If the musical artists you are listening to are bedroom musicians that can't afford to have professional mastering done to their music, then it's a matter of them not being able to afford it, instead of some kind of artistic statement. If they could afford mastering at high-end studios, you bet your ass they would do it. I don't know if you were joking when you said that 99% of the music you listen to have crappy production value with excessively bright sound, but you weren't joking, then you really should just add an EQ to your signal chain and use it when you need it. It's a far wiser choice than purposely having a colored sound system that deviates from neutral/accurate audio reproduction.

 

As for what the artist intended, I don't know if you know anything about the world of pro audio and musicians, but the mastering engineer always defer to the musical artist's preference if it's reasonable, and if the mastering engineer disagrees vehemently, then he'll simply pass on the gig and let someone else do the mastering. Also, you place far too much faith in musical artists. An overwhelming majority of musical artists don't know their head from their ass when it comes to things regarding audio production. Most just know how to sing, rap, or dance. Some know how to play instruments. Some can compose music and write lyrics. But quality audio production? Nope. You put them in a music production studio and they would be completely lost. Only a small percentage of musical artists know their way around a studio or have enough knowledge to know what is or isn't good for their music. If they had golden ears and could produce impeccable sounding recordings, then there wouldn't be a need for engineers to do recording, mixing, and mastering.

 

The stereo imaging of headphones have nothing to do with frequency response. So, if a pair of headphones sounds perfectly neutral/accurate, its stereo imaging wouldn't change that. You can simply use crossfeeds, or better yet, HRTF products like TB Isone or Smyth Realiser, which will make your headphones sound just like speakers placed in front of you.

 

And finally, whatever arguments are made when it comes to headphones vs. speakers, the bottom line is, there is a defined standard in the world of pro audio, and all respectable studios use speakers as their reference monitors. All of our most beloved albums are made with speakers (unless your favorite music are all made by Fruityloop Studio pirated by teenagers in bedrooms, with ****ty headset mics and rapping about banging bitches :D). The world's most respected studio engineers didn't all just decided on a whim to do critical audio work on speakers--they do it because it's the best option available. So if you want to hear music with the same level of satisfaction that is experiences when the mastering engineer and the musical artist are in the studio, bobbing their heads to the the tracks they just completed, while looking at each other with big grins because they know they just made an awesome recording, then speakers are the best option (but only if they are full-range and in acoustically properly treated room).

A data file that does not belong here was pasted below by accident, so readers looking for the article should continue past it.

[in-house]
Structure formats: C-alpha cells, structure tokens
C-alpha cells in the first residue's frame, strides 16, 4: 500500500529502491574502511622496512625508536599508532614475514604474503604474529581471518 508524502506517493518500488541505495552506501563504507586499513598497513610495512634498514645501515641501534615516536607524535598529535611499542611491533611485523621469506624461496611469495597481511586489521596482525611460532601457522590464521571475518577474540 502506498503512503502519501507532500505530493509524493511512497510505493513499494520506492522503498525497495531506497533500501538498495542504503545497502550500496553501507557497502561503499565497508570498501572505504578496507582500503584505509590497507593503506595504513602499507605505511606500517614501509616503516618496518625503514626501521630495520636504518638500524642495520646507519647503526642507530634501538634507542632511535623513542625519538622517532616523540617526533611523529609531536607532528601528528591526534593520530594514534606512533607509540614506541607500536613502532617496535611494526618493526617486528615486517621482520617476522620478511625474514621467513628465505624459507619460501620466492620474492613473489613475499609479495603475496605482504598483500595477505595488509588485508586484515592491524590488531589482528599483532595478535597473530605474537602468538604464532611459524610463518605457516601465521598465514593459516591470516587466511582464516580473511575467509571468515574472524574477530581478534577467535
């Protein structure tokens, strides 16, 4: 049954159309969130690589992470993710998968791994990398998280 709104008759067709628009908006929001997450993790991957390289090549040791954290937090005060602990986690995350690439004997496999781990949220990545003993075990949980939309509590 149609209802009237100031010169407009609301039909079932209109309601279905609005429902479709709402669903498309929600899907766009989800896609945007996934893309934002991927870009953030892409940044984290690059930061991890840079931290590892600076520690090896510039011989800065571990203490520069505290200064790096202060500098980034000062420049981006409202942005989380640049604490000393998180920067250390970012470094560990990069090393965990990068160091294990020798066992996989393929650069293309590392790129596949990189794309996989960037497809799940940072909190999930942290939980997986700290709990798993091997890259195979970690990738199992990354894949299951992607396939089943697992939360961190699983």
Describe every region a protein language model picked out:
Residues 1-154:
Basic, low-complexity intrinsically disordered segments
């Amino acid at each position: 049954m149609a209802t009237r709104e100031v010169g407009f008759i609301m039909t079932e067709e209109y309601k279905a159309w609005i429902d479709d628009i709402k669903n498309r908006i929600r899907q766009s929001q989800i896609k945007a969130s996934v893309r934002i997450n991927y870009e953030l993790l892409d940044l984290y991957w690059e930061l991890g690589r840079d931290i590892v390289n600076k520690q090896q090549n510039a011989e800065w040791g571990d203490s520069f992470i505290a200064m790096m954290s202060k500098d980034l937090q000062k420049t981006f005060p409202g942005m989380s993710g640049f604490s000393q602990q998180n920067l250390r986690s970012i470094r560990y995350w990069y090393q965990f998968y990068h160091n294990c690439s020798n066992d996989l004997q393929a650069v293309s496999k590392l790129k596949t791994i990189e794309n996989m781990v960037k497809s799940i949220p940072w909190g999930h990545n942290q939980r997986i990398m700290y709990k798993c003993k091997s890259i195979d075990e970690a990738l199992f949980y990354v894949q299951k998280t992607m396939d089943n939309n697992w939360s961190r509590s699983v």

post #29 of 292
Thread Starter 
Quote:
Originally Posted by deadlylover View Post

 

Two ruler flat measuring speakers from different makers should sound more or less exactly the same, but isn't it funny how there are no two same sounding headphones from different makers?


I believe it's because it's much harder to design headphones that can achieve a full-range sounding response that's neutral and accurate. In my past correspondence with the Audez'e guys, I was told that there are only so much headphone engineers can do to shape the sound, and there are certain things that's out of their control and they can't do a thing about it. So they do what they can, but it's limited. All headphone companies try to come with clever ways to assert more control over how their headphones sound, but they are all limited in a similar way by the same issues that they have no real control over. All the different variations we hear in headphones aimed at the high-end market are probably the result of all the companies trying different solutions to hit that perfect ideal of neutral/accurate, and they all fall short in different ways.

 

post #30 of 292
Quote:
Originally Posted by Lunatique View Post

Large amount of sense


Heh I wasn't joking, not one bit. Imagine this, random Japanese high school girl singing, untreated room, $5 computer store mic, background instrumentals being played back through laptop speakers back into the microphone along with her voice. To add insult to injury, ~64kbps audio livestreaming bitrate. Oh, and half the time, they don't exactly know how to sing either. The end result? I still smile from enjoyment and cheer her on.

 

If one can EQ up something neutral to become coloured when needed, can't I just EQ something coloured to become neutral when I need it? You do it all the time, don't you? (well to be fair, in your case, it's tweaking ^^)

 

I'm waaaaaay out of my league when we're talking about music production and stuff. I'm stupid, I only listen to stuff that I like, so I don't really care how something sounds, at all tongue.gif.

 

Am I seriously unable to enjoy a track the same amount as somebody else with wicked accurate gear? Sounds a little like audiophile snobbery to me, but if that's how it is, then that's how it is.

 

An artist(painter) doesn't give a flying fudge how you interpret his/her works of art, so long as you enjoyed it for what it is. One can have a crappy black and white photo of The Starry Night, and it will still be able to speak for itself. Why is it suddenly different with music, when it is simply a different type of artform. Suddenly with music, it's all about right and wrong, where in reality, I thought it's only all about 'different'.

 

I'm not exactly trying to argue with you or anything, because clearly, you know what the hell you are talking about =P. I'm just trying to get myself on the same page........book. I must have a ton of catching up to do, because here I am, thinking that music was all about the emotion, rather than the recording.